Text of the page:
The research is clear: it’s not just about class sizes, the state of the school buildings or whether you’re born on the right side of the tracks. The biggest factor in whether students succeed in school is the attitude of their parents. So when parents are told they hold the key, what does that mean? What role do they need to play and what steps can they take to give their child the best chance of shining? Elisabeth Tarica asked the experts.


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Words are like brain food for babies, says Parenting Research Centre chief executive Warren Cann, and it’s never too early to start reading to them.

“One of the most practical things a parent can do is introduce their children to reading, as there is quite a lot of evidence that early exposure to books and written material is important for development of reading skills,” he says.

Reading to your child should continue well into primary school, says Melbourne University early childhood expert Kay Margetts.

“It should become part of everyday regular routine and shouldn’t be limited to just books — it could be catalogues, recipes and so on,” she says.

Setting aside a relaxed, quiet time to read stories together, to talk about what’s on the pages, and to look for words and letters is invaluable.

Choosing stories beyond the children’s reading level allows them to focus on the magic of the story rather than having to struggle to understand every word.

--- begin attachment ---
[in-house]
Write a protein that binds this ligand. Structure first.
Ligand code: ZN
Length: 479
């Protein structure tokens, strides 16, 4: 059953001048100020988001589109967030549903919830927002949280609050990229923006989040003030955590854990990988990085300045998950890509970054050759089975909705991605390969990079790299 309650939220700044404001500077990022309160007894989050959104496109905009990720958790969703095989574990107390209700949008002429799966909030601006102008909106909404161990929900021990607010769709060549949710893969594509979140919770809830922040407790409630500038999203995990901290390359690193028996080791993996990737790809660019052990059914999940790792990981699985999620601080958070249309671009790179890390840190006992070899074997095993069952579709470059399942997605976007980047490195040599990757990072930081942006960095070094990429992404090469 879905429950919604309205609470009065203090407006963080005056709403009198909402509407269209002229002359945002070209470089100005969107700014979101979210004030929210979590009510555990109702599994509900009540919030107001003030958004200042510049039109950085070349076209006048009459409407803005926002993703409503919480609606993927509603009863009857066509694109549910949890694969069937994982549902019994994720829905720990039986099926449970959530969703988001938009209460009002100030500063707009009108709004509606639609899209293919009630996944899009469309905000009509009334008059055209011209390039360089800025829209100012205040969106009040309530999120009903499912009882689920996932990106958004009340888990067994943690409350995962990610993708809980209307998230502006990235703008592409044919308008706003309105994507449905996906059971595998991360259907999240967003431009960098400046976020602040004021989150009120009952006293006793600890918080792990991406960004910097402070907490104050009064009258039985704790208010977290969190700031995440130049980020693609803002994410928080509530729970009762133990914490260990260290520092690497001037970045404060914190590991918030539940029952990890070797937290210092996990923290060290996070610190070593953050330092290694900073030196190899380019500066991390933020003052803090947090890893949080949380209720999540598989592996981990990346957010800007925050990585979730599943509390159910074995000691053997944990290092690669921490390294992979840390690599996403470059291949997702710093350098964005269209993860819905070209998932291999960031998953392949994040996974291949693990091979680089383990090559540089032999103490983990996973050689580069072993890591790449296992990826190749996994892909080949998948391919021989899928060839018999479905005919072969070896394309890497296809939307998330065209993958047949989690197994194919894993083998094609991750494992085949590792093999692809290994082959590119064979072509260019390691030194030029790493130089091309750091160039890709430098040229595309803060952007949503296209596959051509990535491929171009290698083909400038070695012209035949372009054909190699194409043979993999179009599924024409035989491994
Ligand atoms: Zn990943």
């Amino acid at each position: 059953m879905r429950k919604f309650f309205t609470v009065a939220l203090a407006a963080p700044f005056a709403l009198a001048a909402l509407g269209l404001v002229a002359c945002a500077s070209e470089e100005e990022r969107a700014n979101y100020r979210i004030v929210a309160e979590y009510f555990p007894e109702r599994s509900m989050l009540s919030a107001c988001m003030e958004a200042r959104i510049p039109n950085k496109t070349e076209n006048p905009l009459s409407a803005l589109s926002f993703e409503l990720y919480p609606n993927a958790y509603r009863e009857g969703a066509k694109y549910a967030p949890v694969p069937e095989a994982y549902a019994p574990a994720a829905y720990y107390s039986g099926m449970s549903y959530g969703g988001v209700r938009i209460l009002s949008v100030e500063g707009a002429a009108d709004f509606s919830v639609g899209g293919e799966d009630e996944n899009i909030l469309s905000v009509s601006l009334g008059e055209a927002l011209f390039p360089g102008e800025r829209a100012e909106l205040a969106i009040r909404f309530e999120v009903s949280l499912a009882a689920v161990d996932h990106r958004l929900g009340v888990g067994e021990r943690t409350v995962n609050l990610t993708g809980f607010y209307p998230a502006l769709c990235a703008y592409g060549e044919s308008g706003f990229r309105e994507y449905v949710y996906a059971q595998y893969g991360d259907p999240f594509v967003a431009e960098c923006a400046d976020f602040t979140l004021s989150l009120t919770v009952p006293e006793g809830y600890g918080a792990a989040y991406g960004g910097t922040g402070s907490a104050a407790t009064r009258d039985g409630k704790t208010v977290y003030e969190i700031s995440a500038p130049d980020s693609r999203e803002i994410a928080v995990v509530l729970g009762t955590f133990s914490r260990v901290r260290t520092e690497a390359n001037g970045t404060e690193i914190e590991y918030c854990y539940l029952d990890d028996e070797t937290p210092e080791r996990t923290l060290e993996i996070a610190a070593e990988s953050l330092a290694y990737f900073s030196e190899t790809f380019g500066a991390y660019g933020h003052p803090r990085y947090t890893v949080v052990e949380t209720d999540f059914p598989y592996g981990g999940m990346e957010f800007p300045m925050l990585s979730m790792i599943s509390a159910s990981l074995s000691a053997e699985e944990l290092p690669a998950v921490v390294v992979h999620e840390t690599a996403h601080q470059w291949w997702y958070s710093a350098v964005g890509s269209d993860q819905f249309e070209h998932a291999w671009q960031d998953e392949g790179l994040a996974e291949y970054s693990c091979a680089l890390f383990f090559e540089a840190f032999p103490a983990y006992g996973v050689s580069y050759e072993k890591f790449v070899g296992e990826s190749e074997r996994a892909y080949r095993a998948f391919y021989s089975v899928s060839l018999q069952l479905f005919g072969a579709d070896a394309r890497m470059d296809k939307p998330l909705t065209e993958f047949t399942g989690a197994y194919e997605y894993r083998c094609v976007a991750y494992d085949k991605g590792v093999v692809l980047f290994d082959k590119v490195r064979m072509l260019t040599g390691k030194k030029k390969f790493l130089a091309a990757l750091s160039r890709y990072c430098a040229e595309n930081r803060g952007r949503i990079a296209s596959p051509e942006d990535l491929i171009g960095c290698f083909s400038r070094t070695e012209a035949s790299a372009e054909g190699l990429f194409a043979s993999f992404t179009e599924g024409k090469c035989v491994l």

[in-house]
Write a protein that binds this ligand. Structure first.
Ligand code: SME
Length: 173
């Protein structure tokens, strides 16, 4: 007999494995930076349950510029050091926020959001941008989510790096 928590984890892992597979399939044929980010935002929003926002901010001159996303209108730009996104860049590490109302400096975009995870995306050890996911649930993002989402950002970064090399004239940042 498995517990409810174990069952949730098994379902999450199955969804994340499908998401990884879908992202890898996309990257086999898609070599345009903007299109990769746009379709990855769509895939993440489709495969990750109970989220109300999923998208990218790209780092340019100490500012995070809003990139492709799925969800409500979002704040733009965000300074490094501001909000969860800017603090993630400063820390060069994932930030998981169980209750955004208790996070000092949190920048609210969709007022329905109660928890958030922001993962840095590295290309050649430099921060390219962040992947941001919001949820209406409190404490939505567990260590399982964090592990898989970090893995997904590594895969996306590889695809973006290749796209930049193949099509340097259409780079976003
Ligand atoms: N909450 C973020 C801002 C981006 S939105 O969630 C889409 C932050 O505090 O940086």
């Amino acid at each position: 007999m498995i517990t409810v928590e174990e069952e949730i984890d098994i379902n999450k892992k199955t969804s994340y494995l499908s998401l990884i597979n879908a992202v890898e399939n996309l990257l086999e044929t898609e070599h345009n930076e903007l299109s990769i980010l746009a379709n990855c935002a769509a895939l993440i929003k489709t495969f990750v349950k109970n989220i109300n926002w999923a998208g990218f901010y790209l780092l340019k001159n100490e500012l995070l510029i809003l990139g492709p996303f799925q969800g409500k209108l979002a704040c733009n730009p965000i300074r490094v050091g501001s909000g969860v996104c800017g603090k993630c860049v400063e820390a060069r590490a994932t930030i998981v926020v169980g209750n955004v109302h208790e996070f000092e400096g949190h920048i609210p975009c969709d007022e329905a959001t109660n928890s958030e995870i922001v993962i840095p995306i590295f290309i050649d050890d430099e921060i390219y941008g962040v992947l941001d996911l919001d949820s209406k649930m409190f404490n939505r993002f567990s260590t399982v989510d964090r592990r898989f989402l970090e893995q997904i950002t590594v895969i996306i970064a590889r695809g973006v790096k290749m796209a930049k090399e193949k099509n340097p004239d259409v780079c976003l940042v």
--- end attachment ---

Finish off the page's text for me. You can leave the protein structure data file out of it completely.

Confidence, says Andrew Fuller, family psychologist and author of the book Help Your Child Succeed at School, is one of the most powerful, and one of the most elusive, qualities behind success in life.

Confident children with well-developed organisational skills, resilience, independence and social skills will thrive in the classroom.

Mr Fuller, who specialises in the wellbeing of young people, says families that work well seem to praise one another a lot — compliments are made and positive efforts are commented on.

Parents should also try to treat mistakes as opportunities to learn and look for the best in themselves and their children by focusing on success, skills and abilities. Encouragement is a powerful confidence-building tool.

“When children make comments like ‘I’m no good at maths’, acknowledge their feelings and help them to express them. Ask them what makes them feel that way. Accept their fears or insecurities as genuine but don’t agree with their self-assessment. You might say, ‘I get it that you are struggling at maths, how can we work on it to make it easier?‘ “

Building social and emotional skills in young children is also vital, says Associate Professor Margetts, whose research has shown that preschool children without such skills find it difficult to cope with the general demands of school.